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Posts Tagged ‘The Viking Queen’

Another year gone by, and (as has become a bit of a tradition) another look at the last twelve months on the blog. Hey, if nothing else it helps to break up the endless flow of film reviews and Doctor Who-related cobblers, right?

Speaking personally, this has been a slightly odd year – the diploma course which really defined the first half of the year for me concluded moderately well, though not quite as well as I’d hoped, and as for the second half… My summer job felt like a bit of a slog for the first time since I started doing it, while throughout this Autumn I’ve felt my relationship with my rest-of-the-year employer growing increasingly strained. Added to this, since the diploma finished I’ve been without a medium-to-long-term goal for the first time since 2006, and it feels like I’ve been drifting and lacking in focus ever since. I’m increasingly realising that I need to keep pushing and challenging myself if I’m not going to lapse into self-absorption and melancholia. As I lead a fairly solitary life, something which I’ve realised is unlikely ever to change, this sort of thing is a constant concern anyway. It’s good to stay self-aware, I suppose.

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Anyway, there were just under 10,000 views of this blog in 2012, which sounds nice but I’ve no idea how it compares to anyone else’s. Naive old fool, I thought I was doing okay with 35 followers after two years, before a friend chirpily informed me that her company’s blog had picked up 250 followers after a week. Over a thousand of those visits all came on the same day, mainly as a result of the Mail on Sunday‘s website publicising my piece on Peter Hitchens and Howard Marks’ debate on drugs laws (oh, the shame, the shame). Obviously I need to write more positive things about Hitchens so he links to me again, and just hope people stick around for the Hammer horror reviews. Well, I’m sure a worse plan is conceivable.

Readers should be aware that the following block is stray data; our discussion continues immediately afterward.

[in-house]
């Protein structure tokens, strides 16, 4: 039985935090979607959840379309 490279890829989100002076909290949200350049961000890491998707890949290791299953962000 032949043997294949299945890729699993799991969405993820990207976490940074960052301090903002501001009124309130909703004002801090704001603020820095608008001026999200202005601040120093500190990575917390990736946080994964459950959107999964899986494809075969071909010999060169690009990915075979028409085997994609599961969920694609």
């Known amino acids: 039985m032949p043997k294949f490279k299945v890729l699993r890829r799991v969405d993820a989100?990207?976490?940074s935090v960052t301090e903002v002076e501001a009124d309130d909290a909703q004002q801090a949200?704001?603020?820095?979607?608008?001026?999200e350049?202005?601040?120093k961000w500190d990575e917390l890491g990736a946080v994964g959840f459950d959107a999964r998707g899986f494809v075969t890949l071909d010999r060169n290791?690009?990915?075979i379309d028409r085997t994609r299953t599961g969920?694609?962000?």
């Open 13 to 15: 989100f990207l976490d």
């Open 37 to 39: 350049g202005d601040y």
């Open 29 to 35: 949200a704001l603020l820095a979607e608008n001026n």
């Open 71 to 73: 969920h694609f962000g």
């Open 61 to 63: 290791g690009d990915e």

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The Hitchens thing was the biggest draw of the year by far, with the bulk of the rest of the top five being bankers from 2011 – the final instalment of the original run of Natural History of Evil continues to pack ’em in, along with that silly piece about Lacey Banghard and her two great assets (her Christian name and surname, of course). The only 2012 piece to make the list was… the review of 2011 (sigh), mainly, I suspect, because it also talks about Miss Banghard. I suspect a pattern has been established.

A rare photo of Lacey Banghard where her face is the most prominent element.

A rare photo of Lacey Banghard where her face is the most prominent element.

Bringing up the rear was another hardy perennial, the review of The Viking Queen. I am completely stumped as to why this keeps pulling in the readers week after week after week – there isn’t, so far as I can tell, anything accidentally suggestive in there that could confuse a search engine, nor is this a notable cult film. Why are so many people reading this one post and ignoring much better-written material completely? I must confess I’m starting to get mildly irritated by it.